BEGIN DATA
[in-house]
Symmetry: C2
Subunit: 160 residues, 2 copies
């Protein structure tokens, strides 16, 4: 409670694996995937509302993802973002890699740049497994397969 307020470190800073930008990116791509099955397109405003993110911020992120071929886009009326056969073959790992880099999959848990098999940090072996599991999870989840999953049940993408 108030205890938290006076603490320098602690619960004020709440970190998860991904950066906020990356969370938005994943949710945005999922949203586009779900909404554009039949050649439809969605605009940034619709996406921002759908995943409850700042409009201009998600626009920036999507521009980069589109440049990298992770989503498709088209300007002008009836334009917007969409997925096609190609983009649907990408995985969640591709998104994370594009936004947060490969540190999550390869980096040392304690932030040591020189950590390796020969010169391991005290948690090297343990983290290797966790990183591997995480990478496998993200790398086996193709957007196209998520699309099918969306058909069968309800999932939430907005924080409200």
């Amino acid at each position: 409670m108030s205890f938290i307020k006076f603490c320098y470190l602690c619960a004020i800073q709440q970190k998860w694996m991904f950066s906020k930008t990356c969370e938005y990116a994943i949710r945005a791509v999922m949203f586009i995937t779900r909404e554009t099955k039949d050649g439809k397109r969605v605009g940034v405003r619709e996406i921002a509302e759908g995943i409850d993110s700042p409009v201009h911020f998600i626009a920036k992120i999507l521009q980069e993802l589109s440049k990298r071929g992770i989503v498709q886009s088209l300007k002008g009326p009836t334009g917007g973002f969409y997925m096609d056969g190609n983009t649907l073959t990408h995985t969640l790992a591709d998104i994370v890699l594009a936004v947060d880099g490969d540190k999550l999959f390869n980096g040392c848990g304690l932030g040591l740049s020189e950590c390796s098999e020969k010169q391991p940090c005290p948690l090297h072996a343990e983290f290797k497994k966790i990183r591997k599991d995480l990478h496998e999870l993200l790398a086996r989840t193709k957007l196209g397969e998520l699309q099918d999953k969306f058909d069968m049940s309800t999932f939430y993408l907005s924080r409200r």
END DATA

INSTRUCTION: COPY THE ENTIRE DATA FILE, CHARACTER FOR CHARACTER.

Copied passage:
[in-house]
Symmetry: C2
Subunit: 160 residues, 2 copies
């Protein structure tokens, strides 16, 4: 409670694996995937509302993802973002890699740049497994397969 307020470190800073930008990116791509099955397109405003993110911020992120071929886009009326056969073959790992880099999959848990098999940090072996599991999870989840999953049940993408 108030205890938290006076603490320098602690619960004020709440970190998860991904950066906020990356969370938005994943949710945005999922949203586009779900909404554009039949050649439809969605605009940034619709996406921002759908995943409850700042409009201009998600626009920036999507521009980069589109440049990298992770989503498709088209300007002008009836334009917007969409997925096609190609983009649907990408995985969640591709998104994370594009936004947060490969540190999550390869980096040392304690932030040591020189950590390796020969010169391991005290948690090297343990983290290797966790990183591997995480990478496998993200790398086996193709957007196209998520699309099918969306058909069968309800999932939430907005924080409200």
């Amino acid at each position: 409670m108030s205890f938290i307020k006076f603490c320098y470190l602690c619960a004020i800073q709440q970190k998860w694996m991904f950066s906020k930008t990356c969370e938005y990116a994943i949710r945005a791509v999922m949203f586009i995937t779900r909404e554009t099955k039949d050649g439809k397109r969605v605009g940034v405003r619709e996406i921002a509302e759908g995943i409850d993110s700042p409009v201009h911020f998600i626009a920036k992120i999507l521009q980069e993802l589109s440049k990298r071929g992770i989503v498709q886009s088209l300007k002008g009326p009836t334009g917007g973002f969409y997925m096609d056969g190609n983009t649907l073959t990408h995985t969640l790992a591709d998104i994370v890699l594009a936004v947060d880099g490969d540190k999550l999959f390869n980096g040392c848990g304690l932030g040591l740049s020189e950590c390796s098999e020969k010169q391991p940090c005290p948690l090297h072996a343990e983290f290797k497994k966790i990183r591997k599991d995480l990478h496998e999870l993200l790398a086996r989840t193709k957007l196209g397969e998520l699309q099918d999953k969306f058909d069968m049940s309800t999932f939430y993408l907005s924080r409200r």